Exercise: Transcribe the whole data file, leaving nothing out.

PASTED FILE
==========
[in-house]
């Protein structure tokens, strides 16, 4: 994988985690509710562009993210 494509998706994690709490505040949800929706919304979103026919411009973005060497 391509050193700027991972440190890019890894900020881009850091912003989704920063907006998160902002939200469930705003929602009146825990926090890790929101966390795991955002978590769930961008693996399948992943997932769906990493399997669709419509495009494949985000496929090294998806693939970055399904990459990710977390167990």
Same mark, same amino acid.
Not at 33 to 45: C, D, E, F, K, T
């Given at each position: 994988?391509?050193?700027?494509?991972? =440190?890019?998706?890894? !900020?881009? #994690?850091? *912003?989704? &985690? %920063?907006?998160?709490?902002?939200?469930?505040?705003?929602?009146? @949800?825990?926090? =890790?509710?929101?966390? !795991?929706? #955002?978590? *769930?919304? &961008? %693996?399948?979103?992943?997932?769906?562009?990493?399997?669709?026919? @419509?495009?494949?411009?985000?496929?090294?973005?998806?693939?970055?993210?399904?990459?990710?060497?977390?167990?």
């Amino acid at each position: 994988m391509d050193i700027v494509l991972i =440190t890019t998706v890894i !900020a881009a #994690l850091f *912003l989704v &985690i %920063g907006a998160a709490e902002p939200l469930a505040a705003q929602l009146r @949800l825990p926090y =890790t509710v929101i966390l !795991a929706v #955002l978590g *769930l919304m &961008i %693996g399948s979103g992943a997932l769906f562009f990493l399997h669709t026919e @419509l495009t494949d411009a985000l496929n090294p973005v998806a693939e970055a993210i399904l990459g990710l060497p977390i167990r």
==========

[in-house]
């Protein structure tokens, strides 16, 4: 994988985690509710562009993210 494509998706994690709490505040949800929706919304979103026919411009973005060497 391509050193700027991972440190890019890894900020881009850091912003989704920063907006998160902002939200469930705003929602009146825990926090890790929101966390795991955002978590769930961008693996399948992943997932769906990493399997669709419509495009494949985000496929090294998806693939970055399904990459990710977390167990």
Same mark, same amino acid.
Not at 33 to 45: C, D, E, F, K, T
């Given at each position: 994988?391509?050193?700027?494509?991972? =440190?890019?998706?890894? !900020?881009? #994690?850091? *912003?989704? &985690? %920063?907006?998160?709490?902002?939200?469930?505040?705003?929602?009146? @949800?825990?926090? =890790?509710?929101?966390? !795991?929706? #955002?978590? *769930?919304? &961008? %693996?399948?979103?992943?997932?769906?562009?990493?399997?669709?026919? @419509?495009?494949?411009?985000?496929?090294?973005?998806?693939?970055?993210?399904?990459?990710?060497?977390?167990?």
């Amino acid at each position: 994988m391509d050193i700027v494509l991972i =440190t890019t998706v890894i !900020a881009a #994690l850091f *912003l989704v &985690i %920063g907006a998160a709490e902002p939200l469930a505040a705003q929602l009146r @949800l825990p926090y =890790t509710v929101i966390l !795991a929706v #955002l978590g *769930l919304m &961008i %693996g399948s979103g992943a997932l769906f562009f990493l399997h669709t026919e @419509l495009t494949d411009a985000l496929n090294p973005v998806a693939e970055a993210i399904l990459g990710l060497p977390i167990r």